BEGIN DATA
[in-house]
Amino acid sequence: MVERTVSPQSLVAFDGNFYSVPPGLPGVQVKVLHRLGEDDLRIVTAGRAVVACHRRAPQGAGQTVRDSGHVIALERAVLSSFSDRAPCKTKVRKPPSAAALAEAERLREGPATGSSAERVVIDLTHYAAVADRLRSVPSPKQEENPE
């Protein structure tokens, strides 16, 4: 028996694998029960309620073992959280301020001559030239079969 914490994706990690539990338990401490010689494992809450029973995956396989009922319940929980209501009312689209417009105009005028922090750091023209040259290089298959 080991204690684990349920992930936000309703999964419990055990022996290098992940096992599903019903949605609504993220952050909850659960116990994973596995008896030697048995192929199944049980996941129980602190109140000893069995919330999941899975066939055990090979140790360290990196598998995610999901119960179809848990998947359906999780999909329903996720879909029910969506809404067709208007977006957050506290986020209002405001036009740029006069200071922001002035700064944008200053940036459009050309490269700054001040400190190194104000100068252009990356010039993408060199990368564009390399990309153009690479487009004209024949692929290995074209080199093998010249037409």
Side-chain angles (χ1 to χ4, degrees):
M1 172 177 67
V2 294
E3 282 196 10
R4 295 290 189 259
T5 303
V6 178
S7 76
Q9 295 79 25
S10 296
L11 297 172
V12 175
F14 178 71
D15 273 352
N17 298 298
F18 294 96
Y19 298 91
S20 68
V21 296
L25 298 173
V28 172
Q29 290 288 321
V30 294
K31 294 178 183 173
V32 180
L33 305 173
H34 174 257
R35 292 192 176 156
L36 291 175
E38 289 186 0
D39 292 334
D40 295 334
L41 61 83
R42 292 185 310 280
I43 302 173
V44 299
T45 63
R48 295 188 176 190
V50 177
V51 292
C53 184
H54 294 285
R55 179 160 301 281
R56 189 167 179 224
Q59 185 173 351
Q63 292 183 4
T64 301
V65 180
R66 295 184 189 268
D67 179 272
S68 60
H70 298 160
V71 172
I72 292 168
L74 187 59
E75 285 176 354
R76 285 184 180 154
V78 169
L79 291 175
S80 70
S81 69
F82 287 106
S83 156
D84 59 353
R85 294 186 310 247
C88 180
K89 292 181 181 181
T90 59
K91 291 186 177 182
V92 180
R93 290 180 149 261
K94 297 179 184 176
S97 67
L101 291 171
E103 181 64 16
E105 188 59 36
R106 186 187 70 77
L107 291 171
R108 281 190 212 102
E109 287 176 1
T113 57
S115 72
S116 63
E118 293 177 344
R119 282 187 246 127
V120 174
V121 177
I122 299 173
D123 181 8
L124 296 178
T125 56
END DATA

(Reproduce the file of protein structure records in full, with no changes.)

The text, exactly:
[in-house]
Amino acid sequence: MVERTVSPQSLVAFDGNFYSVPPGLPGVQVKVLHRLGEDDLRIVTAGRAVVACHRRAPQGAGQTVRDSGHVIALERAVLSSFSDRAPCKTKVRKPPSAAALAEAERLREGPATGSSAERVVIDLTHYAAVADRLRSVPSPKQEENPE
């Protein structure tokens, strides 16, 4: 028996694998029960309620073992959280301020001559030239079969 914490994706990690539990338990401490010689494992809450029973995956396989009922319940929980209501009312689209417009105009005028922090750091023209040259290089298959 080991204690684990349920992930936000309703999964419990055990022996290098992940096992599903019903949605609504993220952050909850659960116990994973596995008896030697048995192929199944049980996941129980602190109140000893069995919330999941899975066939055990090979140790360290990196598998995610999901119960179809848990998947359906999780999909329903996720879909029910969506809404067709208007977006957050506290986020209002405001036009740029006069200071922001002035700064944008200053940036459009050309490269700054001040400190190194104000100068252009990356010039993408060199990368564009390399990309153009690479487009004209024949692929290995074209080199093998010249037409």
Side-chain angles (χ1 to χ4, degrees):
M1 172 177 67
V2 294
E3 282 196 10
R4 295 290 189 259
T5 303
V6 178
S7 76
Q9 295 79 25
S10 296
L11 297 172
V12 175
F14 178 71
D15 273 352
N17 298 298
F18 294 96
Y19 298 91
S20 68
V21 296
L25 298 173
V28 172
Q29 290 288 321
V30 294
K31 294 178 183 173
V32 180
L33 305 173
H34 174 257
R35 292 192 176 156
L36 291 175
E38 289 186 0
D39 292 334
D40 295 334
L41 61 83
R42 292 185 310 280
I43 302 173
V44 299
T45 63
R48 295 188 176 190
V50 177
V51 292
C53 184
H54 294 285
R55 179 160 301 281
R56 189 167 179 224
Q59 185 173 351
Q63 292 183 4
T64 301
V65 180
R66 295 184 189 268
D67 179 272
S68 60
H70 298 160
V71 172
I72 292 168
L74 187 59
E75 285 176 354
R76 285 184 180 154
V78 169
L79 291 175
S80 70
S81 69
F82 287 106
S83 156
D84 59 353
R85 294 186 310 247
C88 180
K89 292 181 181 181
T90 59
K91 291 186 177 182
V92 180
R93 290 180 149 261
K94 297 179 184 176
S97 67
L101 291 171
E103 181 64 16
E105 188 59 36
R106 186 187 70 77
L107 291 171
R108 281 190 212 102
E109 287 176 1
T113 57
S115 72
S116 63
E118 293 177 344
R119 282 187 246 127
V120 174
V121 177
I122 299 173
D123 181 8
L124 296 178
T125 56